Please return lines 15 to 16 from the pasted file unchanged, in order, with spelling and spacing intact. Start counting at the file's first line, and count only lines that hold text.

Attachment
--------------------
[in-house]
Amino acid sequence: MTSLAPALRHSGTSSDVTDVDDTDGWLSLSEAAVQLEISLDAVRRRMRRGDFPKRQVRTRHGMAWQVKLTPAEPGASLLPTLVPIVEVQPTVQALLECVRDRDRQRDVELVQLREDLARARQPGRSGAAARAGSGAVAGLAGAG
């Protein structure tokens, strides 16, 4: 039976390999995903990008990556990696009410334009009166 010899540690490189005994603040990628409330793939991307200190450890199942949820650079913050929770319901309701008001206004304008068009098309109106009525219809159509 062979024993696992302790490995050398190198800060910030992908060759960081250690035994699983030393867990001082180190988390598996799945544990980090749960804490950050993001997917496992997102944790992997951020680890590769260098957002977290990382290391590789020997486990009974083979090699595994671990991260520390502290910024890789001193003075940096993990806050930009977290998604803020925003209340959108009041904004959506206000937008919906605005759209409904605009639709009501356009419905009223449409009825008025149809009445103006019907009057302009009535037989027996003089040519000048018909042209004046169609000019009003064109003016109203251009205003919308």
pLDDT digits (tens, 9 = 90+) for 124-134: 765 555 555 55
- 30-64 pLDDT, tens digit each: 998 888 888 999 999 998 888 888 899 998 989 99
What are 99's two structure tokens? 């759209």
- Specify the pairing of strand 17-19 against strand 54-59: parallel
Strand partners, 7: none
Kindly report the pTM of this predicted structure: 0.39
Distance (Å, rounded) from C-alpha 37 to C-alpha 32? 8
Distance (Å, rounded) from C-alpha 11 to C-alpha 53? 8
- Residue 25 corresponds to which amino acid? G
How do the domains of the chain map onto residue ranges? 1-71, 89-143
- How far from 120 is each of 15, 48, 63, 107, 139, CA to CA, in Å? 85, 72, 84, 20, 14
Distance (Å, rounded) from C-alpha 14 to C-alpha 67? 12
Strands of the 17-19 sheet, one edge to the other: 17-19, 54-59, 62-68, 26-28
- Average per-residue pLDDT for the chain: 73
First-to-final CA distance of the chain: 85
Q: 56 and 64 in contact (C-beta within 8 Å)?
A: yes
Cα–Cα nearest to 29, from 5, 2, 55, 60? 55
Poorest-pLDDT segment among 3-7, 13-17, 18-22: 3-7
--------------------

Distance (Å, rounded) from C-alpha 14 to C-alpha 67? 12
Strands of the 17-19 sheet, one edge to the other: 17-19, 54-59, 62-68, 26-28